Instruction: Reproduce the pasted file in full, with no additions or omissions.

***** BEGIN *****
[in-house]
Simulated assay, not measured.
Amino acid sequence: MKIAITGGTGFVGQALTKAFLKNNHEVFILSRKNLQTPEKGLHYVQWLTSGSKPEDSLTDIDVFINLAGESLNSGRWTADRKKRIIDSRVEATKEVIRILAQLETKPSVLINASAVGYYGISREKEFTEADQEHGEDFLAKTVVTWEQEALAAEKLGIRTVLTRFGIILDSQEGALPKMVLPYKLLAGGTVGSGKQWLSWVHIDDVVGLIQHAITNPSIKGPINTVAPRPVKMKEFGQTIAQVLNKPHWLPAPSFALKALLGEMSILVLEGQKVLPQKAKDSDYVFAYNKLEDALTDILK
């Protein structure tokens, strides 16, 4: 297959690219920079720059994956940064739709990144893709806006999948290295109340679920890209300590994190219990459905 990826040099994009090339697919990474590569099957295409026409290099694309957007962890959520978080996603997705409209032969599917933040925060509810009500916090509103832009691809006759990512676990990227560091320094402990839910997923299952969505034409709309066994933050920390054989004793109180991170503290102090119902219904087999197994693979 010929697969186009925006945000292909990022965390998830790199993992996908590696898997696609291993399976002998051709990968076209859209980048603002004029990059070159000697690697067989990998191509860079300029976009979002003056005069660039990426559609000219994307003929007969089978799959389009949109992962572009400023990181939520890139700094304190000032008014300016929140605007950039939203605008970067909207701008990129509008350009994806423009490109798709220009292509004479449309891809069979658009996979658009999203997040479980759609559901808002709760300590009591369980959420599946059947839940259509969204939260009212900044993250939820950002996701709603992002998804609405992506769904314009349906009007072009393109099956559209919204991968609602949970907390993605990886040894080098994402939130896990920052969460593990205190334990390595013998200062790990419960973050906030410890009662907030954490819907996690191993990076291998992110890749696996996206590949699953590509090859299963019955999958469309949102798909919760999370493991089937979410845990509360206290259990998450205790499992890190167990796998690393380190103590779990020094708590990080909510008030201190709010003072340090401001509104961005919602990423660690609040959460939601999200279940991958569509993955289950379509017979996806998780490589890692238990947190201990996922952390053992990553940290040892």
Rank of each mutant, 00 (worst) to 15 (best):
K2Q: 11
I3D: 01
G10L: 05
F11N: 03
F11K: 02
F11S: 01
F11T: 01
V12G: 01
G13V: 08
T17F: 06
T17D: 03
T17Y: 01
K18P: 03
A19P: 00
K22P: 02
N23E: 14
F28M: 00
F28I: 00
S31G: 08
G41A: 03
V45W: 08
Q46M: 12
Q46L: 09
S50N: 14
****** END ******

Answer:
[in-house]
Simulated assay, not measured.
Amino acid sequence: MKIAITGGTGFVGQALTKAFLKNNHEVFILSRKNLQTPEKGLHYVQWLTSGSKPEDSLTDIDVFINLAGESLNSGRWTADRKKRIIDSRVEATKEVIRILAQLETKPSVLINASAVGYYGISREKEFTEADQEHGEDFLAKTVVTWEQEALAAEKLGIRTVLTRFGIILDSQEGALPKMVLPYKLLAGGTVGSGKQWLSWVHIDDVVGLIQHAITNPSIKGPINTVAPRPVKMKEFGQTIAQVLNKPHWLPAPSFALKALLGEMSILVLEGQKVLPQKAKDSDYVFAYNKLEDALTDILK
């Protein structure tokens, strides 16, 4: 297959690219920079720059994956940064739709990144893709806006999948290295109340679920890209300590994190219990459905 990826040099994009090339697919990474590569099957295409026409290099694309957007962890959520978080996603997705409209032969599917933040925060509810009500916090509103832009691809006759990512676990990227560091320094402990839910997923299952969505034409709309066994933050920390054989004793109180991170503290102090119902219904087999197994693979 010929697969186009925006945000292909990022965390998830790199993992996908590696898997696609291993399976002998051709990968076209859209980048603002004029990059070159000697690697067989990998191509860079300029976009979002003056005069660039990426559609000219994307003929007969089978799959389009949109992962572009400023990181939520890139700094304190000032008014300016929140605007950039939203605008970067909207701008990129509008350009994806423009490109798709220009292509004479449309891809069979658009996979658009999203997040479980759609559901808002709760300590009591369980959420599946059947839940259509969204939260009212900044993250939820950002996701709603992002998804609405992506769904314009349906009007072009393109099956559209919204991968609602949970907390993605990886040894080098994402939130896990920052969460593990205190334990390595013998200062790990419960973050906030410890009662907030954490819907996690191993990076291998992110890749696996996206590949699953590509090859299963019955999958469309949102798909919760999370493991089937979410845990509360206290259990998450205790499992890190167990796998690393380190103590779990020094708590990080909510008030201190709010003072340090401001509104961005919602990423660690609040959460939601999200279940991958569509993955289950379509017979996806998780490589890692238990947190201990996922952390053992990553940290040892």
Rank of each mutant, 00 (worst) to 15 (best):
K2Q: 11
I3D: 01
G10L: 05
F11N: 03
F11K: 02
F11S: 01
F11T: 01
V12G: 01
G13V: 08
T17F: 06
T17D: 03
T17Y: 01
K18P: 03
A19P: 00
K22P: 02
N23E: 14
F28M: 00
F28I: 00
S31G: 08
G41A: 03
V45W: 08
Q46M: 12
Q46L: 09
S50N: 14